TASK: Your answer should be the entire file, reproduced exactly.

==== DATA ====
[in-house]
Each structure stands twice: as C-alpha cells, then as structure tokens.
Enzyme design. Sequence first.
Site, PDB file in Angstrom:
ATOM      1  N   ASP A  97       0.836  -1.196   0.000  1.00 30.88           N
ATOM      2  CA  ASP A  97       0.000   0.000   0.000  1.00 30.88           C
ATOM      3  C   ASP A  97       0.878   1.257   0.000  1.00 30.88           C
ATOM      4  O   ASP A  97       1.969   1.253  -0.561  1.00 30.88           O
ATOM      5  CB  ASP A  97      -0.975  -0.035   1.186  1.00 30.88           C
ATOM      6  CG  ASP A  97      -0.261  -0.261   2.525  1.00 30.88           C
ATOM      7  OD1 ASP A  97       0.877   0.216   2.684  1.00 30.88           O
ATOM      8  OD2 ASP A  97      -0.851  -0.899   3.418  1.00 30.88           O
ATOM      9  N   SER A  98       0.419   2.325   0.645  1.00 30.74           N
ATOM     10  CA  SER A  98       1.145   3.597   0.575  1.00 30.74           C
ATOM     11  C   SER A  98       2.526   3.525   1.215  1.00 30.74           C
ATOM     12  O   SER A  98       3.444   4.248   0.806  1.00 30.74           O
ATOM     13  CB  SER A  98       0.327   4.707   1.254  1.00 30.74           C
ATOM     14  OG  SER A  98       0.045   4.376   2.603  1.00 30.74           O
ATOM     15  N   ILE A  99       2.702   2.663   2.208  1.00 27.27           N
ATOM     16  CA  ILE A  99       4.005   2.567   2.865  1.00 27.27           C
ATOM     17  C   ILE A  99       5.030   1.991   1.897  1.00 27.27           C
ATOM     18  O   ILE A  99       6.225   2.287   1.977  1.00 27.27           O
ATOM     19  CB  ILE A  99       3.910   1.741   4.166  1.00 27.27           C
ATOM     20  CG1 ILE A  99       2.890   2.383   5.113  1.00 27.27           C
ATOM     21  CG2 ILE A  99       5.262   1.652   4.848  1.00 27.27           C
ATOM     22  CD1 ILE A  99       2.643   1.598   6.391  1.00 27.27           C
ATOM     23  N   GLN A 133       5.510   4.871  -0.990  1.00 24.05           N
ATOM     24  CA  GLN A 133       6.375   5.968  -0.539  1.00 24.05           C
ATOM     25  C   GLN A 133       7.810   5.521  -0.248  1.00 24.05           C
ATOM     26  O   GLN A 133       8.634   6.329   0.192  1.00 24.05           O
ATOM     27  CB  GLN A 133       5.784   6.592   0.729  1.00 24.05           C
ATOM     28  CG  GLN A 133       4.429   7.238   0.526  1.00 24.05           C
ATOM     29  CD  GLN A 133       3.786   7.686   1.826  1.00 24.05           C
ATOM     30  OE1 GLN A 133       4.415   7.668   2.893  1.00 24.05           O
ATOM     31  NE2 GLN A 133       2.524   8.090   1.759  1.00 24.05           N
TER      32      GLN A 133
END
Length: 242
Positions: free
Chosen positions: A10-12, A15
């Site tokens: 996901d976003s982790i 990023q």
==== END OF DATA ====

[in-house]
Each structure stands twice: as C-alpha cells, then as structure tokens.
Enzyme design. Sequence first.
Site, PDB file in Angstrom:
ATOM      1  N   ASP A  97       0.836  -1.196   0.000  1.00 30.88           N
ATOM      2  CA  ASP A  97       0.000   0.000   0.000  1.00 30.88           C
ATOM      3  C   ASP A  97       0.878   1.257   0.000  1.00 30.88           C
ATOM      4  O   ASP A  97       1.969   1.253  -0.561  1.00 30.88           O
ATOM      5  CB  ASP A  97      -0.975  -0.035   1.186  1.00 30.88           C
ATOM      6  CG  ASP A  97      -0.261  -0.261   2.525  1.00 30.88           C
ATOM      7  OD1 ASP A  97       0.877   0.216   2.684  1.00 30.88           O
ATOM      8  OD2 ASP A  97      -0.851  -0.899   3.418  1.00 30.88           O
ATOM      9  N   SER A  98       0.419   2.325   0.645  1.00 30.74           N
ATOM     10  CA  SER A  98       1.145   3.597   0.575  1.00 30.74           C
ATOM     11  C   SER A  98       2.526   3.525   1.215  1.00 30.74           C
ATOM     12  O   SER A  98       3.444   4.248   0.806  1.00 30.74           O
ATOM     13  CB  SER A  98       0.327   4.707   1.254  1.00 30.74           C
ATOM     14  OG  SER A  98       0.045   4.376   2.603  1.00 30.74           O
ATOM     15  N   ILE A  99       2.702   2.663   2.208  1.00 27.27           N
ATOM     16  CA  ILE A  99       4.005   2.567   2.865  1.00 27.27           C
ATOM     17  C   ILE A  99       5.030   1.991   1.897  1.00 27.27           C
ATOM     18  O   ILE A  99       6.225   2.287   1.977  1.00 27.27           O
ATOM     19  CB  ILE A  99       3.910   1.741   4.166  1.00 27.27           C
ATOM     20  CG1 ILE A  99       2.890   2.383   5.113  1.00 27.27           C
ATOM     21  CG2 ILE A  99       5.262   1.652   4.848  1.00 27.27           C
ATOM     22  CD1 ILE A  99       2.643   1.598   6.391  1.00 27.27           C
ATOM     23  N   GLN A 133       5.510   4.871  -0.990  1.00 24.05           N
ATOM     24  CA  GLN A 133       6.375   5.968  -0.539  1.00 24.05           C
ATOM     25  C   GLN A 133       7.810   5.521  -0.248  1.00 24.05           C
ATOM     26  O   GLN A 133       8.634   6.329   0.192  1.00 24.05           O
ATOM     27  CB  GLN A 133       5.784   6.592   0.729  1.00 24.05           C
ATOM     28  CG  GLN A 133       4.429   7.238   0.526  1.00 24.05           C
ATOM     29  CD  GLN A 133       3.786   7.686   1.826  1.00 24.05           C
ATOM     30  OE1 GLN A 133       4.415   7.668   2.893  1.00 24.05           O
ATOM     31  NE2 GLN A 133       2.524   8.090   1.759  1.00 24.05           N
TER      32      GLN A 133
END
Length: 242
Positions: free
Chosen positions: A10-12, A15
């Site tokens: 996901d976003s982790i 990023q």